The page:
do you do large offline batch jobs and load the results into a database table ?

do you want there to be a smooth changeover from the previous version of the results to a new version, with no rollbacks or lock timeouts ?

activerecord_worm_table allows an ActiveRecord model to be backed by several database tables, an active table, a working table and one or more historical tables. data is loaded into the working table, and when finished the working table becomes the active table. the old active table becomes a historical table, and any active queries continue using that table

it’s available from gemcutter :

gem install activerecord_worm_table

and it’s easy to use :

class Foo < ActiveRecord::Base
  include ActiveRecord::WormTable
end
Foo.connection.execute( "insert into #{Foo.working_table_name} values ('foofoo')" )
Foo.advance_version
Foo.first

( MySQL support only for now )

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i was pleasantly surprised by some regex goodness present in oniguruma [ ruby 1.9 ] and joni [ jruby ]

regexes can concatenate character classes, so you can do things like match against “all unicode whitespace except newlines” thus :

/[[^\n]&&[:space:]]+/

to give sonar an xml input format, for content provided via a rest api or files, i looked around for a ruby xml parser oriented towards parsing large documents : perhaps too large to fit in memory

there are plenty of low-level stream parsers around e.g. in rexml, but they stop some way short of allowing the solution to be expressed in a natural way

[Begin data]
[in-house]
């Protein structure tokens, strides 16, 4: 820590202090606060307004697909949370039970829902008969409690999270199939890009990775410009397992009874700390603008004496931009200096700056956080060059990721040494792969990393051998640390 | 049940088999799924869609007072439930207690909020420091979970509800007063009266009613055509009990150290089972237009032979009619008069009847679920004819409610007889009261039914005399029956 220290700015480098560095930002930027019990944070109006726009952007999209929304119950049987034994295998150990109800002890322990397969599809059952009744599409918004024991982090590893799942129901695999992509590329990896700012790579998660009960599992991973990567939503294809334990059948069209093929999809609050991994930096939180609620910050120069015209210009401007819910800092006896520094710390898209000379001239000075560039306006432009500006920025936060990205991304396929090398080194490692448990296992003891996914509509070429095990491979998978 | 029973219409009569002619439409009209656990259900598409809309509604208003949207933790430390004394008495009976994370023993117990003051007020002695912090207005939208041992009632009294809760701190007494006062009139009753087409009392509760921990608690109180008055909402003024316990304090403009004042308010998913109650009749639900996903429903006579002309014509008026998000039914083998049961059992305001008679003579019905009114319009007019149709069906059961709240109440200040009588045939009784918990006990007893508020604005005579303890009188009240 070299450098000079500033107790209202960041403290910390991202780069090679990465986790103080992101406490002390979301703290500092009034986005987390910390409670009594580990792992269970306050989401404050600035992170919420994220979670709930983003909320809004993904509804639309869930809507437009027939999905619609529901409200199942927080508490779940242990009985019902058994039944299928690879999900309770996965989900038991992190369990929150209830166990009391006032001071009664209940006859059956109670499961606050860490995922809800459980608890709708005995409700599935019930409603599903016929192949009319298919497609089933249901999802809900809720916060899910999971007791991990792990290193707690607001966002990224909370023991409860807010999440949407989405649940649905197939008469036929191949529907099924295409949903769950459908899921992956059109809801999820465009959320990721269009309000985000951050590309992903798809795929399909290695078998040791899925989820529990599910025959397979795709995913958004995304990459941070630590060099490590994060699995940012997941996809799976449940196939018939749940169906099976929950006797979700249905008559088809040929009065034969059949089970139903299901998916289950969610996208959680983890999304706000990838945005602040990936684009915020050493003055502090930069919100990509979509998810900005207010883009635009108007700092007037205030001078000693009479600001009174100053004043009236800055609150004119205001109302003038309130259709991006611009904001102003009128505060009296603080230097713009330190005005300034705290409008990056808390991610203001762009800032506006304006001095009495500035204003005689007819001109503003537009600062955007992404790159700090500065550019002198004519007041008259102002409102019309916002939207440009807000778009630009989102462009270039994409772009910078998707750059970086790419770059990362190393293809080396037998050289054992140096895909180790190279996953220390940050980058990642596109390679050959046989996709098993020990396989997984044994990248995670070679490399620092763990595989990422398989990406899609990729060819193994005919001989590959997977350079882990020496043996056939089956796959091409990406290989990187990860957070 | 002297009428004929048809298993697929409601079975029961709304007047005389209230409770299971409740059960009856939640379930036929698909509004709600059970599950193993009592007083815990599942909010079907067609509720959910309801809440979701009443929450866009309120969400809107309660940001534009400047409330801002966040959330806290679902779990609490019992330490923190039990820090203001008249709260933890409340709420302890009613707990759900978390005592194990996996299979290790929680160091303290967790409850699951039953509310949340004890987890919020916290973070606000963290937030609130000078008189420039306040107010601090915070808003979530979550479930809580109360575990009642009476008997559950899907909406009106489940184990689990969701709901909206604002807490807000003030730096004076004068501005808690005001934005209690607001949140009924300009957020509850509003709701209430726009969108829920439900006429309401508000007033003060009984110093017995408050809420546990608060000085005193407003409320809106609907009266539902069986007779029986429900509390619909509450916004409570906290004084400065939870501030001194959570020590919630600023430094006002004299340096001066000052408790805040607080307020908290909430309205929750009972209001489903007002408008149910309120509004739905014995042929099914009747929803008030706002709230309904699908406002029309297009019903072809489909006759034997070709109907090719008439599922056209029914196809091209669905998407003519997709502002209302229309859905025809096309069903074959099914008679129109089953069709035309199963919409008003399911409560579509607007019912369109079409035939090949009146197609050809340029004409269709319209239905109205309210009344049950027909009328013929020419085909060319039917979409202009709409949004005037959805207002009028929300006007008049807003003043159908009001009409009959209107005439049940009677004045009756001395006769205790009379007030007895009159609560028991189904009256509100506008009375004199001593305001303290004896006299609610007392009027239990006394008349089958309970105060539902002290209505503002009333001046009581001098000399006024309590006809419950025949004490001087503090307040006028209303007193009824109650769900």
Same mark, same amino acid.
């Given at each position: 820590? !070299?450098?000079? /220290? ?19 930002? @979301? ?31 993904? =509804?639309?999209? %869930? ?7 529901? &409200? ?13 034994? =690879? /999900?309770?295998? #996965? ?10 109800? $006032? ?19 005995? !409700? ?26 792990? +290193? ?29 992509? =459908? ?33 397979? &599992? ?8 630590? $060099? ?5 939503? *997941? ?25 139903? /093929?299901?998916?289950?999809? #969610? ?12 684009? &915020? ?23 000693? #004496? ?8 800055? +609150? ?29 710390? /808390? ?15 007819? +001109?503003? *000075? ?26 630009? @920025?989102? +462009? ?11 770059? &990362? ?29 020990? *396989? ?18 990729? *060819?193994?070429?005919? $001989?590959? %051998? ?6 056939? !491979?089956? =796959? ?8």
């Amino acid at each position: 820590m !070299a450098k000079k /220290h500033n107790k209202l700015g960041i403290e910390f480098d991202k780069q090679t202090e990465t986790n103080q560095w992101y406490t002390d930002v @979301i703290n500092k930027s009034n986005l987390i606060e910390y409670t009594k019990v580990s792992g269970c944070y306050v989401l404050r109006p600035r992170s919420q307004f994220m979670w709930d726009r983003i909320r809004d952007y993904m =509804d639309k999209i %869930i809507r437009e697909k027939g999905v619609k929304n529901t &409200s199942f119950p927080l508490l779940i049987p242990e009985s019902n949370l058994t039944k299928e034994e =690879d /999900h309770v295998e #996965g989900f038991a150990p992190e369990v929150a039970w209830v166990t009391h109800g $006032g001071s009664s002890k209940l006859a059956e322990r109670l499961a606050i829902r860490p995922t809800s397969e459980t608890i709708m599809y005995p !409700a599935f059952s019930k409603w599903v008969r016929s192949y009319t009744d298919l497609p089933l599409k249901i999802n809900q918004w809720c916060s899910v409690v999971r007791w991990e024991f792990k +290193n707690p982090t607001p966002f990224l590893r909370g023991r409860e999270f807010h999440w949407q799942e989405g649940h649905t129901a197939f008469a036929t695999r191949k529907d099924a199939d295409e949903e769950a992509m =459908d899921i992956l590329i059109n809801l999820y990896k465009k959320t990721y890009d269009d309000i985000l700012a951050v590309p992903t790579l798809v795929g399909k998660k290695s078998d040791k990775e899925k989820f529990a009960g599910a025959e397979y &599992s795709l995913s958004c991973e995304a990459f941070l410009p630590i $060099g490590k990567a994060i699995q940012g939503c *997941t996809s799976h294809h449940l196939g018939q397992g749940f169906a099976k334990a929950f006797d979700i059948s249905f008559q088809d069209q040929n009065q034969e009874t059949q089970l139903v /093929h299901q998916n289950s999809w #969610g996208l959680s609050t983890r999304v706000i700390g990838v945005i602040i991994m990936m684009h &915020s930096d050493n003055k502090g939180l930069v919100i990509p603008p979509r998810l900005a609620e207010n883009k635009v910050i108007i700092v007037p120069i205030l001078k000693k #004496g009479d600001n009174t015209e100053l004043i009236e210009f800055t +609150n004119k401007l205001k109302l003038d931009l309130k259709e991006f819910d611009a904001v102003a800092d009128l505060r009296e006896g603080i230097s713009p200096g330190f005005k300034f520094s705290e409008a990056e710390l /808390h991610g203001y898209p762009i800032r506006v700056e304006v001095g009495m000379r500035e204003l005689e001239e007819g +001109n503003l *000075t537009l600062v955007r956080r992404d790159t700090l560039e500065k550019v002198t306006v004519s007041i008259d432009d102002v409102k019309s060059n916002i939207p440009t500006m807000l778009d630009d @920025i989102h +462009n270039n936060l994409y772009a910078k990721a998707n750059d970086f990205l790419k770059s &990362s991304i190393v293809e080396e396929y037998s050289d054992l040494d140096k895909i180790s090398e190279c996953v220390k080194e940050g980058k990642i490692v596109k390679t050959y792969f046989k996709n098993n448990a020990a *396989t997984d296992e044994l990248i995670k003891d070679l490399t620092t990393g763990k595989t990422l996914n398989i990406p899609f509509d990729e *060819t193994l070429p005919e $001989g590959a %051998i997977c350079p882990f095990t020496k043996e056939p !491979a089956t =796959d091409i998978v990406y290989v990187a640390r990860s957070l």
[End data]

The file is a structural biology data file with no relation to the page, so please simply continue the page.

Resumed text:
here‘s a parser, which sits atop rexml’s pull parser, and allows you to formulate your parse in ruby blocks which straightforwardly process xml elements. what you keep and how you convert is completely specified by those blocks, so you can happily parse an unending document in constant memory

<people>
  <person name="alice">likes cheese</person>
  <person name="bob">likes music</person>
  <person name="charles">likes alice</person>
</people>

can be parsed with :

require 'rubygems'
require 'xml_stream_parser'

people = {}
XmlStreamParser.new.parse_dsl(doc) do
  element "people"  do |name,attrs|
    elements "person" do |name, attrs|
      people[attrs["name"]] = text
    end
  end
end

a plainer api is also supported, allowing a parse to be split over multiple methods [ since parse_dsl uses instance_exec to call blocks, and loses context ]

people = {}
XmlStreamParser.new.parse(doc) do |p|
  p.element( "people" ) do |name,attrs|
    p.elements( "person" ) do |name, attrs|
      people[attrs["name"]] = p.text
    end
  end
end

ackack : an emacs integration for the grep replacement, ack

features are

  • run ack within emacs
  • clickable results
  • ecb source path sensitive : searches current project
  • alternatives to search sub-projects of current project, for large projects

rspec-mode for emacs

June 8, 2009

here‘s a mod to pat maddox’s rspec-mode for emacs :

u get

  • jruby spec running [ requires a “jspec” script ] in addition to cruby
  • results in ecb compile window
  • following of results as they are output
  • automatic scroll-to-bottom of results after completion

here’s an ActiveRecord-JDBC plugin for simple use of MySQL master-slave configurations

active-record-jdbc-mysql-master-slave

(re-posted from work)

while working on a little ruby metaprogramming, i realised i didn’t understand how objects, classes and eigenclasses relate to each other in ruby

_why helped some, but i still wasn’t completely clear

i undertook an investigation, with ruby 1.8.6 ( mri and jruby 1.1.4 ), and ruby 1.9 ( mri )

the two 1.8.6 rubys are consistent with each other, but different from ruby 1.9. method resolution seems to function similarly in both 1.8.6 and 1.9, but eigenclasses are referenced differently

this diagram captures what i found

relationships between ruby objects, classes and eigenclasses

relationships between ruby objects, classes and eigenclasses

(pdf: ruby objects, classes and eigenclasses )